Twelfth 2015: Pictures and video from parades across Northern Ireland
Thousands brave the rain to line the streets in Belfast, Lisburn, Coleraine, Broughshane, Ballymartin, Saintfield, Derriaghy and Kilkeel for July 12th celebrations
Hopes remain high for a peaceful Twelfth today as thousands gathered to take part in the annual celebrations across Northern Ireland.
The Orange festivities focused on 18 cities, towns and villages, with the flagship event due to take place in the Co Armagh model village, Bessbrook. The Independent Orange will also be on parade in Ballymoney.
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In Belfast, Stormont is set to be lit up with orange lights in honour of the 325th anniversary of the Battle of the Boyne.
Police have made preparations in case tensions erupt at the Ardoyne flashpoint in north Belfast and around St Matthew's Church in the east of the city.
However, the vast majority of the parades are expected to pass off peacefully.
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This morning's feeder parade which passes the contentious Ardoyne shops area passed off without incident.
However, despite a Parades Commission ruling stating that only a single drumbeat should be played going past St Patrick's Catholic Church in Belfast - a south Belfast flute band played a hymn.
Finaghy True Blues defended the music admitting they played the hymn How Great Thou Art and that they were only playing religious music outside a place of worship.
More than 3,000 police officers are on duty at Orange Order parades across Northern Ireland today - with more than half based in Belfast.
The Orange Order's Grand Master, Edward Stevenson is taking part in a flagship event at Bessbrook and will give a speech from the platform.
Speaking ahead of the event, he said he was looking forward to parading in the county "recognised as the birthplace of Orangeism".
"The County Armagh demonstration is traditionally the largest demonstration which takes place in Northern Ireland, and this year will be no exception, with thousands of participants, spectators and many tourists enjoying the carnival atmosphere," he said.
Tourism Minister Jonathan Bell welcomed the move, describing the flagship concept as allowing parades to "broaden their appeal and draw a wider tourism audience".
Meanwhile in Belfast, community workers were striving to ensure parades that pass flashpoints would be peaceful. Supporters of the loyalist camp at Twaddell Avenue in north Belfast were continuing to press for three Ligoniel lodges to be able to stage the return parade along the Crumlin Road.
Last night there were reports that paint bombs and bricks were thrown at the loyalist camp at Twaddell. Camp spokesman Gerald Solinas said more were found by police in nearby Brompton Park.
The lodges are allowed to walk down the Crumlin Road in the morning but not in the evening. The camp has been continuing for two years, since the parade home was banned by the Parades Commission.
The conviction of five members of the Pride of Ardoyne flute band last week for breaking a Parades Commission determination over music, along with calls by nationalist residents group Garc for crowds of protesters to take to the streets, has raised tensions.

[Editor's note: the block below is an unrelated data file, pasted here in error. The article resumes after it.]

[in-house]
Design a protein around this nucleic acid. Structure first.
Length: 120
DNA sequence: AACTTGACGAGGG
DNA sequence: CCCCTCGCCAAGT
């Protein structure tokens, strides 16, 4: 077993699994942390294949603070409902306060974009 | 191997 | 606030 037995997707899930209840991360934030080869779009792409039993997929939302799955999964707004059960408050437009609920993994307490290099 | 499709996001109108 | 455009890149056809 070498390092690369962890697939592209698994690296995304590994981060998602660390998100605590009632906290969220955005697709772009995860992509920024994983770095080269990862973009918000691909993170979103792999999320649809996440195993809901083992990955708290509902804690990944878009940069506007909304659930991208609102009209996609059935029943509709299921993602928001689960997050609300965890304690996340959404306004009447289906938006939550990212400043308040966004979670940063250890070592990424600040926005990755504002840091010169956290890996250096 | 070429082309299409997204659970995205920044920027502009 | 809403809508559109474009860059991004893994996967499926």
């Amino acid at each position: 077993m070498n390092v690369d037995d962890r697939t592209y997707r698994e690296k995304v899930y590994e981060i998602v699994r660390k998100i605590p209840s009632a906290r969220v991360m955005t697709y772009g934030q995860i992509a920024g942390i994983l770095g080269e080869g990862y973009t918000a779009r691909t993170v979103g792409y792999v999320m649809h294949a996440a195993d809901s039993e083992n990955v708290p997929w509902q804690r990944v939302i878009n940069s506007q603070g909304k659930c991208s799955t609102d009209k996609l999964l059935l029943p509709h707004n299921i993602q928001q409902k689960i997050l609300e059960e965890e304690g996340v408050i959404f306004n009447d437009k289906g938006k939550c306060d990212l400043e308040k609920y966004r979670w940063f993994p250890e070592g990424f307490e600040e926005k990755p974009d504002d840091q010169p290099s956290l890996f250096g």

Last night, DUP deputy leader and North Belfast MP Nigel Dodds said: "To those who plan to violently oppose the parades, I tell them to stay away.
"Garc has treated the loyal orders and the police with contempt. The actions of the protesters will be a test for the police and the Parades Commission."
The commission has ruled that Garc may have no more than 60 people taking part in its protest this morning.
Mr Solinas said he hoped that police would enforce the determination against the protest, just as they enforce determinations handed to loyalists.
In east Belfast, there have been ongoing attacks at the peaceline between the Short Strand and the lower Newtownards Road in the last few months.
However, senior Orangeman Rev Mervyn Gibson said he expected no trouble at today's parade as it passed the Short Strand. "There should be no issues," he said. "There were no issues last year, it was 2013 that the parade was attacked. This year the police will protect the parade."
Demonstrations will be taking place across Northern Ireland a day later than usual, because July 12 falls on a Sunday this year.
There are 20 parades - 18 Orange Order demonstrations and one Independent Loyal Orange Institution event in Northern Ireland - along with the long-standing demonstration in Rossnowlagh in Co Donegal, being held tomorrow.
Tens of thousands of Orangemen, women and child members are taking part, supported by some of the best marching pipe, flute, silver and accordion bands that the province has to offer.
Many thousands of people are lining towns and villages as the parades leave gathering points ahead of making their way to their chosen demonstration field, where the traditional religious service and proposal and adoption of this year's resolutions will take place. Monday's celebrations will mark the 325th anniversary of the Battle of the Boyne, where King William of Orange defeated King James on the banks of River Boyne in Co Meath. King William himself will be making two guest appearances, leading the parades in Kesh, Co Fermanagh, and Antrim.